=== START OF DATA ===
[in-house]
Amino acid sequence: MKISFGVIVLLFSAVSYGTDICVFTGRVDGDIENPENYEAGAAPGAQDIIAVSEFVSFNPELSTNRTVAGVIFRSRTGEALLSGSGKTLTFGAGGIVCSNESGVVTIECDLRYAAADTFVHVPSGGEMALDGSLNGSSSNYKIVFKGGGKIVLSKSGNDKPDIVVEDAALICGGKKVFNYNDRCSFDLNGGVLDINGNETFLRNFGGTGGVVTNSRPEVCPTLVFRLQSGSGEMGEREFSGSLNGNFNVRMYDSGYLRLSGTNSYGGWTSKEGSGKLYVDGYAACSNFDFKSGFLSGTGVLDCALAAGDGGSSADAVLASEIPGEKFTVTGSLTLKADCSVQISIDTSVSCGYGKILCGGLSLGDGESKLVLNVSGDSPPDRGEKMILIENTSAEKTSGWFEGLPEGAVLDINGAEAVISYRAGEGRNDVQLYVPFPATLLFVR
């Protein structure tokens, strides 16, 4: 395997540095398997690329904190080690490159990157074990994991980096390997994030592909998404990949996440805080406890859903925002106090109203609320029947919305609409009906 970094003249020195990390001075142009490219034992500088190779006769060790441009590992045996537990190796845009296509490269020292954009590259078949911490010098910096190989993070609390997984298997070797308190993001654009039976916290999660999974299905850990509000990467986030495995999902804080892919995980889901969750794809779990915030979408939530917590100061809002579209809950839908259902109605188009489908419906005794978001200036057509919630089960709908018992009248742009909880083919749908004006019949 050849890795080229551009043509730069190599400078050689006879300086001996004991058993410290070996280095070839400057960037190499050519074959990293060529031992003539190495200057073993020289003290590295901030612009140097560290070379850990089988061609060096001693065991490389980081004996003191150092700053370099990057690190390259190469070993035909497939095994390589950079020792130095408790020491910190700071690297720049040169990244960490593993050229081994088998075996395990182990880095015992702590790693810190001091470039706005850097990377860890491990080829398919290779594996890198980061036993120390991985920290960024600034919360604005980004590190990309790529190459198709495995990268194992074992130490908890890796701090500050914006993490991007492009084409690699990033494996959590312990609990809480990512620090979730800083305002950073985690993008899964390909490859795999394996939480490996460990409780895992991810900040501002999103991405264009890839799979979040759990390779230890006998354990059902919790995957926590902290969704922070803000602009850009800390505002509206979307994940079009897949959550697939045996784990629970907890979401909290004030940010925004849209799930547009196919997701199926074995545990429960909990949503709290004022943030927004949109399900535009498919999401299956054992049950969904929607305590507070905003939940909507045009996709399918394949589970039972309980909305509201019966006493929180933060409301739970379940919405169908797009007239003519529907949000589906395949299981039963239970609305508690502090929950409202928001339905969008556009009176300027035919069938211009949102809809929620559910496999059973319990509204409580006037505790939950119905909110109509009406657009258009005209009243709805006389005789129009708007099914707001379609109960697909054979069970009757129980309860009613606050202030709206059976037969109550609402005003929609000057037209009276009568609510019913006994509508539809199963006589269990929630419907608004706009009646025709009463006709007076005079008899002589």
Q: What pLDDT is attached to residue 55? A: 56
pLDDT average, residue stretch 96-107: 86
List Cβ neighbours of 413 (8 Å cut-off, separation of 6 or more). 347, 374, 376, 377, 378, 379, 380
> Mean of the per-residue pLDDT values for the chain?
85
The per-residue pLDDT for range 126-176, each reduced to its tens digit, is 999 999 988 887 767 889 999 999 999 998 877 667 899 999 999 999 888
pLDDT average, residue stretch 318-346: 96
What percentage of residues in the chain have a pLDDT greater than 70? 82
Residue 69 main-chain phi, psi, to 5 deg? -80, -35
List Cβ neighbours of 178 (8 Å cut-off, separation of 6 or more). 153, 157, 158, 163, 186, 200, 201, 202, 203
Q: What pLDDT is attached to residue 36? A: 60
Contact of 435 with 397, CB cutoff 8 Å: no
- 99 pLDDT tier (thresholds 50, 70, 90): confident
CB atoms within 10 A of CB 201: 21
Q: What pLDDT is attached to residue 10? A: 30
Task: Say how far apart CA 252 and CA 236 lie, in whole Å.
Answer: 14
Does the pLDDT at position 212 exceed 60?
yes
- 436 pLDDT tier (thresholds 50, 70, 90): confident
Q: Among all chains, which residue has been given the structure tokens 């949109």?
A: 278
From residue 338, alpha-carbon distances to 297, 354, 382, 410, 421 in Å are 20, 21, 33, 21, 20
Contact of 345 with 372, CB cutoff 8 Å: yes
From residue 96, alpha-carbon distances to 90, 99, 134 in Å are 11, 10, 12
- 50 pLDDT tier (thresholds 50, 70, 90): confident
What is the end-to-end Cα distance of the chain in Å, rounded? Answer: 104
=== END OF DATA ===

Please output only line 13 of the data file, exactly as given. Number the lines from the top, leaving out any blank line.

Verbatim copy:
List Cβ neighbours of 178 (8 Å cut-off, separation of 6 or more). 153, 157, 158, 163, 186, 200, 201, 202, 203